Running is very good for both your physical and mental health, and if you decided to take up the sport then congratulations! It’s a whole lot of fun once you get past the first few runs, which can feel really tough as you awaken muscles you’ve not used in a while.
However, you do need to ease into running slowly, to reduce the pain of delayed onset muscle soreness (DOMS) and allow your body to adapt to the demands of a high-impact sport. If you go in all guns blazing and run every day for a week, you risk injury, not to mention the fact that you’ll probably start to hate running because of this over-intense approach.
For advice on how to start running safely, here’s Laura McKay, musculoskeletal (MSK) therapies lead for Bupa Health Clinics.
How often should you run when you’re starting out?
Your body needs to adapt to your new training plan, so start slowly. Doing too much too soon will be difficult to maintain and put you at greater risk of getting an injury. You should increase the number of miles you’re running each week gradually, if you feel comfortable doing so. Running two to three times a week should improve your fitness, but make sure you also get enough rest. Give yourself at least a day between runs to allow your body to adapt to your new routine.
Remember to listen to your body and don’t run through pain. If you don’t feel 100% or think there’s a reason you shouldn’t run, then don’t. Hold off until you feel fully fit.
What kind of injuries can crop up for new runners?
Shin splints is one of the most common running injuries, especially for beginners who aren’t used to running. The term refers to lower leg pain below the knee and is often a result of muscle overuse, wearing worn-out shoes or running on hard surfaces.
To help prevent shin splints, make sure you build up your mileage and fitness slowly, and combine running with other exercises. Yoga is a great exercise to combine with running because it stretches and strengthens your muscles.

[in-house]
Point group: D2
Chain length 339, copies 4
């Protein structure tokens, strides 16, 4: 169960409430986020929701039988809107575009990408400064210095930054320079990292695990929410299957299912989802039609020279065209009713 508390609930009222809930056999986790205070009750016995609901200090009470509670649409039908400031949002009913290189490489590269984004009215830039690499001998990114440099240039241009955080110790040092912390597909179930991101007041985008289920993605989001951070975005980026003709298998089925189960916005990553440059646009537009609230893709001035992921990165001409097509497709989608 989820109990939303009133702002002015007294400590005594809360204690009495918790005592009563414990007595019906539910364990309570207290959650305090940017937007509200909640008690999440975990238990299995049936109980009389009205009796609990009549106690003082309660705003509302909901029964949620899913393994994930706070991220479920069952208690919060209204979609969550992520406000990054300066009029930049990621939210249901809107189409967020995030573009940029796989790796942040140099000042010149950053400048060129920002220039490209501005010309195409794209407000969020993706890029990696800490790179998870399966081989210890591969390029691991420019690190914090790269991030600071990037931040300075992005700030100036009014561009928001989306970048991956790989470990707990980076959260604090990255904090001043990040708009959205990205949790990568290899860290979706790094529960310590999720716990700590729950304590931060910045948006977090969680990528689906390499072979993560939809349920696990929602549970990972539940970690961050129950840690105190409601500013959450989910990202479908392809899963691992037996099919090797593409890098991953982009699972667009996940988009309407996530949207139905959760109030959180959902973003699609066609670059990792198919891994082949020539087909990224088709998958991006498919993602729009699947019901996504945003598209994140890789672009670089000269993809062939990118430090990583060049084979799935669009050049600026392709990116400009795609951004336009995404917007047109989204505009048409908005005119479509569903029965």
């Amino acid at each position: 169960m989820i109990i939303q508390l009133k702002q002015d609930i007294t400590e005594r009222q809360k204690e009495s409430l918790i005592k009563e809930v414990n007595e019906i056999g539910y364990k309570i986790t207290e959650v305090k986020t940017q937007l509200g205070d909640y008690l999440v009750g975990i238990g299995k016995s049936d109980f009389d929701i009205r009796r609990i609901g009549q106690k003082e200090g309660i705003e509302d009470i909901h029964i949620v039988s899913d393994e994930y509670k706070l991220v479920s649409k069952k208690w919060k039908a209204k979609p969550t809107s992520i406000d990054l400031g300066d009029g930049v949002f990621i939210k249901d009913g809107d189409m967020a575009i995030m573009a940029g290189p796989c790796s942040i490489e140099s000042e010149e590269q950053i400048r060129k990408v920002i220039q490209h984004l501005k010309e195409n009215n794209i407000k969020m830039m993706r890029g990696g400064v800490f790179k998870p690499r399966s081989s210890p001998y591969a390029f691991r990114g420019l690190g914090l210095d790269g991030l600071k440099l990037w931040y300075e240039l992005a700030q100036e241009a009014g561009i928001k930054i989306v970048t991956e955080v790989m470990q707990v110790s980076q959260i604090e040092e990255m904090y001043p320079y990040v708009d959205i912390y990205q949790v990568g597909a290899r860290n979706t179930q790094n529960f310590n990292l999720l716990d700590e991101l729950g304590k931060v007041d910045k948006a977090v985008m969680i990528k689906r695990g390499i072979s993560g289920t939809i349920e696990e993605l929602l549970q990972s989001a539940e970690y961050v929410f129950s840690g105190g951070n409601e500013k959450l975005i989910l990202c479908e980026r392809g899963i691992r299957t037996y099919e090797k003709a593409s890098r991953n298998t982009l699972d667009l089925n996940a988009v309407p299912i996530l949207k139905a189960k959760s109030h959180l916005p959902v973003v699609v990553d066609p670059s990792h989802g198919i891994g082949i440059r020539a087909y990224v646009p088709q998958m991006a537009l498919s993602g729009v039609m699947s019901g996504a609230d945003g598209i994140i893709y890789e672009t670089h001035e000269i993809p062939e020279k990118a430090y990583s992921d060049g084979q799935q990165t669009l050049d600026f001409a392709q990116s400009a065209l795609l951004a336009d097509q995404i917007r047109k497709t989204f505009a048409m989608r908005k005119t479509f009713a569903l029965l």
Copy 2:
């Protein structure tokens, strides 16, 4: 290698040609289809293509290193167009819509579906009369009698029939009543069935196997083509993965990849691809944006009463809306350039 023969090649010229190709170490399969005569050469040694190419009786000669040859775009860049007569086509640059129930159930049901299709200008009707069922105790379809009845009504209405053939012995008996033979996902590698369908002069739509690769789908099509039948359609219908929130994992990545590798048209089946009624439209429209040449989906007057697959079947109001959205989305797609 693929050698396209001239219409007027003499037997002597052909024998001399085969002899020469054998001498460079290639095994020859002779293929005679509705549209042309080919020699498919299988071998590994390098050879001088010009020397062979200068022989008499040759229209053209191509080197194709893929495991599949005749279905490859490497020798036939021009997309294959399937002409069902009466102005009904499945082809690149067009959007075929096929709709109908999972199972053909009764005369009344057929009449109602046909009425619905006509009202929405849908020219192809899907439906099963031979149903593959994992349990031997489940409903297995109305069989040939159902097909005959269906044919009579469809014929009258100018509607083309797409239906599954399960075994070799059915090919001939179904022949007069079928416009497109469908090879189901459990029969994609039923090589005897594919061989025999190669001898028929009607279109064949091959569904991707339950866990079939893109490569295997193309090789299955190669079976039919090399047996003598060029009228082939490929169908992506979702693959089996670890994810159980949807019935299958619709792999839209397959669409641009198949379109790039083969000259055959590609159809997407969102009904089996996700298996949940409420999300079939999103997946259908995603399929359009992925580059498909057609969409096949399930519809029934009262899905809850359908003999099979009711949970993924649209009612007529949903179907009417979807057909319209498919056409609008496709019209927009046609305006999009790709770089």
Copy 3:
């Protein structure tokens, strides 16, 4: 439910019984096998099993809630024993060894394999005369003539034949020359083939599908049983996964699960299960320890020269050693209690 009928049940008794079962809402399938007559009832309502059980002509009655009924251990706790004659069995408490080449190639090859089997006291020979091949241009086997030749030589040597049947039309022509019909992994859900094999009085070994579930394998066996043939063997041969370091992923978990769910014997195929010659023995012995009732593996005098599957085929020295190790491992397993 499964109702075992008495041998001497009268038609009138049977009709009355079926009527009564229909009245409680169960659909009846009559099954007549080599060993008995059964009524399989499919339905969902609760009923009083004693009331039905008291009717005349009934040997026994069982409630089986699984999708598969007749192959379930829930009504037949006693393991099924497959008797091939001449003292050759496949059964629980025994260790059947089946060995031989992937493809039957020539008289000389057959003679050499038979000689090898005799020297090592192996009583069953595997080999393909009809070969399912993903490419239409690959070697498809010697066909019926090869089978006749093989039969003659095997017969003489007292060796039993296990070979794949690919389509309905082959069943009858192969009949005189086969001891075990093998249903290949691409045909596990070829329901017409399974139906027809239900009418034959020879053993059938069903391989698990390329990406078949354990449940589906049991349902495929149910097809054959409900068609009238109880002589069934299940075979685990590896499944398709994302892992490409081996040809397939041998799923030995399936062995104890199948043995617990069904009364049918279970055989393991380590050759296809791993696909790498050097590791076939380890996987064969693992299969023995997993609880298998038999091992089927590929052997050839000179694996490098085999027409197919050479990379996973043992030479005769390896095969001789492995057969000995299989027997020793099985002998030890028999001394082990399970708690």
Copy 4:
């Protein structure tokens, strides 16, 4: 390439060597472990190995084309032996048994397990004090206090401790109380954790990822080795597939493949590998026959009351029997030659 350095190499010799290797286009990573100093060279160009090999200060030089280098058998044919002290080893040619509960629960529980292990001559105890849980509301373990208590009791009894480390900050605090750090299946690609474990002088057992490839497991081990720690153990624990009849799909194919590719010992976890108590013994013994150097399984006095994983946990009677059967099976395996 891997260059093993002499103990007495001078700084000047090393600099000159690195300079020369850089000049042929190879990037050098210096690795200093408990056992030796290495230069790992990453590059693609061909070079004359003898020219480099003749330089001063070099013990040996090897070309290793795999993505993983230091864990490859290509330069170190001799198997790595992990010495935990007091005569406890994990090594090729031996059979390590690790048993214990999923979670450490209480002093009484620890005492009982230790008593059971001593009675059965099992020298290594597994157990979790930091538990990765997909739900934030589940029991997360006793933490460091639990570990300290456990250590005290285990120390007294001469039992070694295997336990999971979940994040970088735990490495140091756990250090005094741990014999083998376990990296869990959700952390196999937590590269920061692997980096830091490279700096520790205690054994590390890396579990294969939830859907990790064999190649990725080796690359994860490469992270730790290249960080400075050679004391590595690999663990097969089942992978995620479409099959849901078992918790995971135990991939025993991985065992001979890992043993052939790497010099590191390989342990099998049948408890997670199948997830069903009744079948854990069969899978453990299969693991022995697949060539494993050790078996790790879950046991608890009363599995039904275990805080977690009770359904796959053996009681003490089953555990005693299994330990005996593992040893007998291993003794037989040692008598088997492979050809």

It’s also important to check you have the right shoes to run in and replace them every 300 miles. If you already have shin splints, stretch or foam roll your shin regularly to aid recovery.
Runner’s knee is a catch-all term which describes several injuries that cause pain around the kneecap. To help avoid runner’s knee, take a similar approach to preventing shin splints: make sure you build up your mileage slowly and that you’re running in the right shoes. Warming up and down properly is essential, and this should include stretching the muscles around the ankles, knees and hips.
Achilles tendonitis is a result of the overuse of the achilles tendon – a band of tissue that connects the calf muscles at the back of the lower leg to your heel bone. It typically happens when runners quickly increase the intensity or duration of their runs.
To help reduce the risk of achilles tendonitis you should, again, increase the intensity and the amount you are running gradually. Make sure you stretch your calf muscles before and after exercising.
Plantar fasciitis is pain on the bottom of the foot around the heel. This is often a stabbing pain that is particularly painful when you take your first steps in the morning. The pain can return after sitting or standing for long periods of time.
- Runners! Look After Your Legs With These Achilles Tendon Exercises
- Five Exercises To Minimise The Risk Of Shin Splints
- Help Avoid Runner’s Knee With These Exercises And Expert Advice
- Speed Up Your Recovery With These Stretches For Runners
How can you go about reducing your risk of injury?
To prevent new running injuries, it’s important to choose shoes that offer good support; not only for running, but in your day-to-day life as well. Take the time to gently warm up before you begin your run. Exercises like lunges, squats and high knees will help to warm up your muscles. It is also useful to start your run a bit slower and build up to your running speed gradually. Cooling down after your run with some light stretching is essential too. Setting time aside for a proper warm-up and warm-down can reduce muscle tightness and maintain your flexibility.
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Nick Harris-Fry is a journalist who has been covering health and fitness since 2015. Nick is an avid runner, covering 70-110km a week, which gives him ample opportunity to test a wide range of running shoes and running gear. He is also the chief tester for fitness trackers and running watches, treadmills and exercise bikes, and workout headphones.